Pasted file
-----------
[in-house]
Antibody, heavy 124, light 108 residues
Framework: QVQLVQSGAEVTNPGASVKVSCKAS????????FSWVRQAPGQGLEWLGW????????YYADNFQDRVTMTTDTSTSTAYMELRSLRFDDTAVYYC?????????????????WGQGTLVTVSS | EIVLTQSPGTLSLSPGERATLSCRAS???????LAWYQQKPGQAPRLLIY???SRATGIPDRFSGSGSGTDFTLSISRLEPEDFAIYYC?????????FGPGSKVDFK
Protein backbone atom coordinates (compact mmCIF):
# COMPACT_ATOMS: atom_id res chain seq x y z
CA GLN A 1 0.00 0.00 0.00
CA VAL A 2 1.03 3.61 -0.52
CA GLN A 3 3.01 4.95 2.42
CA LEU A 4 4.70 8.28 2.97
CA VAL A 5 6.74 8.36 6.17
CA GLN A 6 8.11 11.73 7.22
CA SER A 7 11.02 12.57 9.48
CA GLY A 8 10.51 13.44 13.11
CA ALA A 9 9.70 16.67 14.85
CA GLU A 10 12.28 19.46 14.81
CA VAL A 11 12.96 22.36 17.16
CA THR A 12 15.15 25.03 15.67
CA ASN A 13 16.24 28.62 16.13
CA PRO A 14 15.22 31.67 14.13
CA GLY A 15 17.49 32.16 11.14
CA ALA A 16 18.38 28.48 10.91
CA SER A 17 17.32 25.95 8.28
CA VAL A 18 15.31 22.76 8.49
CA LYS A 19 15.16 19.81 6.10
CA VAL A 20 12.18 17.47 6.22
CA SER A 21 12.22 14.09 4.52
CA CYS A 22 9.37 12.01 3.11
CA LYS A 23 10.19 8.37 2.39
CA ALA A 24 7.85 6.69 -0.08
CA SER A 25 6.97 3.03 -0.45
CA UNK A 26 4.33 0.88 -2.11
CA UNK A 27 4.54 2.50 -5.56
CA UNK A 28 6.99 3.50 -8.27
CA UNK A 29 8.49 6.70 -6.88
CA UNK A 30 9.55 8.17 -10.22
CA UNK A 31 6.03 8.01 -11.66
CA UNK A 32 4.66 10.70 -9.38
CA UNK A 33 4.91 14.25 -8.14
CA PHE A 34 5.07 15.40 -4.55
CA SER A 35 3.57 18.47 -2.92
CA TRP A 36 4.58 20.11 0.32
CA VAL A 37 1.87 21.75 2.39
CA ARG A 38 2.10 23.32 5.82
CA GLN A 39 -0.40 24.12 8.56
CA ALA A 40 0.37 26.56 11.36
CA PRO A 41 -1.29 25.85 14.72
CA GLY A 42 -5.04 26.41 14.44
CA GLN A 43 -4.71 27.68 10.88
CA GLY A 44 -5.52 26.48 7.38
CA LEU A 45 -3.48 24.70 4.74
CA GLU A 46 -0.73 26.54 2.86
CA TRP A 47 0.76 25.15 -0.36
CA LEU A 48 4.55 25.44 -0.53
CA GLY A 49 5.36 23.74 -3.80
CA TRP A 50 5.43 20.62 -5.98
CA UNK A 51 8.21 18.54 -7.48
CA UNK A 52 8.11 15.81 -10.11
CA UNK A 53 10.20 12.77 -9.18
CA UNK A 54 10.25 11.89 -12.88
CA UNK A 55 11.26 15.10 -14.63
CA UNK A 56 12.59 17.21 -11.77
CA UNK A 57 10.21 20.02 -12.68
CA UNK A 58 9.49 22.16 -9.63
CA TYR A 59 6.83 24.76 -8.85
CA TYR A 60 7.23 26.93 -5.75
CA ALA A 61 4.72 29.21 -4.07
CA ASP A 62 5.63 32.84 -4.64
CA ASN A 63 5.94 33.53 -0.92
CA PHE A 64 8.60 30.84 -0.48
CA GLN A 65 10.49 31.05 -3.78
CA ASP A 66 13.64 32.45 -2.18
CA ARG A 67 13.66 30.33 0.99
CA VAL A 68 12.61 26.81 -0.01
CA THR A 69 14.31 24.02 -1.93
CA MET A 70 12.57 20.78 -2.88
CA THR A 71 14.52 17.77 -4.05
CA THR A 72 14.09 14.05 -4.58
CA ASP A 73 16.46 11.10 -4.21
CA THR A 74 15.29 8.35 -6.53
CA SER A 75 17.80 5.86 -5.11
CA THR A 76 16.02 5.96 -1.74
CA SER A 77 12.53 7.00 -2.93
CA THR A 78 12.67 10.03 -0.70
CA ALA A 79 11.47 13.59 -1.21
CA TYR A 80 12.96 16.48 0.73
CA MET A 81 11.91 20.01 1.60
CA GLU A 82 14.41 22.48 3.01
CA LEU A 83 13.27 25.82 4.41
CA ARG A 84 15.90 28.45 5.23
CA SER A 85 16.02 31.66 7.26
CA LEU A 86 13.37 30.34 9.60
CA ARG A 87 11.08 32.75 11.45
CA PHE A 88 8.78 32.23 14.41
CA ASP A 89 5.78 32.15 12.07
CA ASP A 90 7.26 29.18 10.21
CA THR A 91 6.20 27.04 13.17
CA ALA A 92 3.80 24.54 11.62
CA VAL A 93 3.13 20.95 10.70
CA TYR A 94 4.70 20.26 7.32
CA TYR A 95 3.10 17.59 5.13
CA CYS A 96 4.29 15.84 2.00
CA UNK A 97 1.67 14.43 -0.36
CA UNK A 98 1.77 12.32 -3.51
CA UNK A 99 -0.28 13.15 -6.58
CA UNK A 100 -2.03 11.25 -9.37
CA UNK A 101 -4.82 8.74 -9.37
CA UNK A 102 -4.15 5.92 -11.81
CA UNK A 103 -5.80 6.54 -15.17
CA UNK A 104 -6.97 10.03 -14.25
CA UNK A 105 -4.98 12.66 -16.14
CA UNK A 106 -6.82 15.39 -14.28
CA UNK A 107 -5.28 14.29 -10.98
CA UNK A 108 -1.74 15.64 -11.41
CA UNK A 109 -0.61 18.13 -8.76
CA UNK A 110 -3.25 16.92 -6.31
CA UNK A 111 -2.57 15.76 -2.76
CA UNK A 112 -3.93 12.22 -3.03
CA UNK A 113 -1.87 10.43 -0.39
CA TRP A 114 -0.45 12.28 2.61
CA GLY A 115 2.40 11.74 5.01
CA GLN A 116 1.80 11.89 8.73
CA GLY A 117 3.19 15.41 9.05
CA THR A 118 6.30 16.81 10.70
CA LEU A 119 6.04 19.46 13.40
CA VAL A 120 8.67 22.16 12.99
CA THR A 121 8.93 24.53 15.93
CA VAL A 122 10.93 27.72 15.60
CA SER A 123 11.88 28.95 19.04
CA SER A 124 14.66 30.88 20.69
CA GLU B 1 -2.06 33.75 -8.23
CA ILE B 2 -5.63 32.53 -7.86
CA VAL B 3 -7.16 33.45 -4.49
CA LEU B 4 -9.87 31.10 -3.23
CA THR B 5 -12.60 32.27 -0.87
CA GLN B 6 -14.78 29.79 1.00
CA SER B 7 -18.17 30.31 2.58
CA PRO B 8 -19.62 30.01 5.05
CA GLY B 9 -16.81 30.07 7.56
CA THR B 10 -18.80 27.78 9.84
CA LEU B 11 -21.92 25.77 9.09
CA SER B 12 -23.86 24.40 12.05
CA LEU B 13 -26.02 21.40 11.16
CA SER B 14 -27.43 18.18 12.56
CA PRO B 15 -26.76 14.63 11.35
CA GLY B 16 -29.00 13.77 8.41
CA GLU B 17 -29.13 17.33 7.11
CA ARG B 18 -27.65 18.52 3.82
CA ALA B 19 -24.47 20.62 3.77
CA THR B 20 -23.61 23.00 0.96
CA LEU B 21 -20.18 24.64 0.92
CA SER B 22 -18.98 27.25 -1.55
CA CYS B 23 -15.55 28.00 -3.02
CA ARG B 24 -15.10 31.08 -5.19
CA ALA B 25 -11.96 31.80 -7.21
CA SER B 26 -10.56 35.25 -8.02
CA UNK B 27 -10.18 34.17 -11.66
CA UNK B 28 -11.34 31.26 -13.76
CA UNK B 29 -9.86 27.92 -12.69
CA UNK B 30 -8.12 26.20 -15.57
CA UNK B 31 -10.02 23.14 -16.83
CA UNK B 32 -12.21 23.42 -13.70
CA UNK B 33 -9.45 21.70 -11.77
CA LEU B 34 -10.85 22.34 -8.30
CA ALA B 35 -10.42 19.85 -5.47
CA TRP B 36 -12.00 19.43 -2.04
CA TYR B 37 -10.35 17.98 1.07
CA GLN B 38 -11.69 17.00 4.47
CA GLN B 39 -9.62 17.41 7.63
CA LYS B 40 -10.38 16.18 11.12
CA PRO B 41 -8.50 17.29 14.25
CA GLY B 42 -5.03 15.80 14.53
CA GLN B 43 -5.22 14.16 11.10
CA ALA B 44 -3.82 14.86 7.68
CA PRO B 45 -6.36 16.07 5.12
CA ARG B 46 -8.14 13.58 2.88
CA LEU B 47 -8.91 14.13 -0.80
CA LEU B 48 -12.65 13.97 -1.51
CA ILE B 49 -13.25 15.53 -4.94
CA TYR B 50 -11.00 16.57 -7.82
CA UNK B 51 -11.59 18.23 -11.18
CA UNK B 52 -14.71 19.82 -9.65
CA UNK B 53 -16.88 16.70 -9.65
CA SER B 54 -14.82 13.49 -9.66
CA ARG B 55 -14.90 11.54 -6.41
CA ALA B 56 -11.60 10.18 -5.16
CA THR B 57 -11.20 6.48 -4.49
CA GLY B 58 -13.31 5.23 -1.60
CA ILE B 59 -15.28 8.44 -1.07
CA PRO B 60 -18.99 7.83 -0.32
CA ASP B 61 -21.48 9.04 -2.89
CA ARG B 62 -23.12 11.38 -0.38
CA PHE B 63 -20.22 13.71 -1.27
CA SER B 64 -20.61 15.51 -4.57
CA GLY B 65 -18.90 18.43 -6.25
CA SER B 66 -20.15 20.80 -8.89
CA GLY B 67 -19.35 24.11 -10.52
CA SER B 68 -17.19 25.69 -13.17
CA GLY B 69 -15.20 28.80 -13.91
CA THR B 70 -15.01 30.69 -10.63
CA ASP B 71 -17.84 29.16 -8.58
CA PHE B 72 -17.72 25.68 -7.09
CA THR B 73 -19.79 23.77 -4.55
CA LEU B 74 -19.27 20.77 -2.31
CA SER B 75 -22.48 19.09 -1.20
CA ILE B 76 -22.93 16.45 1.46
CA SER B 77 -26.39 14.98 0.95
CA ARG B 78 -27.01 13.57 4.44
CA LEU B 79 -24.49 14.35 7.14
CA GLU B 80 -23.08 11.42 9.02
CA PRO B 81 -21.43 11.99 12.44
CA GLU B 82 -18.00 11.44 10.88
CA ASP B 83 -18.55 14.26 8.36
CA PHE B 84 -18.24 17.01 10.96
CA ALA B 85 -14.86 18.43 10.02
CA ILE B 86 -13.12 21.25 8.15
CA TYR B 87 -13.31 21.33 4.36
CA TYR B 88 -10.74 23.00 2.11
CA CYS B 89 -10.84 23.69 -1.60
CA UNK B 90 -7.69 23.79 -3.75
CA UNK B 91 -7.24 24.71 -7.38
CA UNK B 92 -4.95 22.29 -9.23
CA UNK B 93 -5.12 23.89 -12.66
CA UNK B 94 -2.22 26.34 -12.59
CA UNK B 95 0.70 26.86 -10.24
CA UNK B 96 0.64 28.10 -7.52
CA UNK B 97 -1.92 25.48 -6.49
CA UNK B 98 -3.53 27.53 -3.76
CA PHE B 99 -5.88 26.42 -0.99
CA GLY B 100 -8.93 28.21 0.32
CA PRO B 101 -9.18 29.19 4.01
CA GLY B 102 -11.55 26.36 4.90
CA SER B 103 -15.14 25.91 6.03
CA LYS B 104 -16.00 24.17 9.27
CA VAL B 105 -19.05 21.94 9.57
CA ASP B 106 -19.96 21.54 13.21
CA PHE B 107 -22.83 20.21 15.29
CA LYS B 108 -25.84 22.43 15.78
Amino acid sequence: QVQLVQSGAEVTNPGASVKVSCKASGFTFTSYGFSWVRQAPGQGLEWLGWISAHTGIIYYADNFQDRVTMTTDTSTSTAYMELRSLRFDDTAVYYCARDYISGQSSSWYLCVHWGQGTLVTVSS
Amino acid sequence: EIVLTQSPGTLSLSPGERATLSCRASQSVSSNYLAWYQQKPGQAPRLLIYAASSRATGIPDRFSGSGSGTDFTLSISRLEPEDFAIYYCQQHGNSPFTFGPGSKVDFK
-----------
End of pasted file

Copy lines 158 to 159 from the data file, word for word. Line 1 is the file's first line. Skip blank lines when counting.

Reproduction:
CA UNK B 29 -9.86 27.92 -12.69
CA UNK B 30 -8.12 26.20 -15.57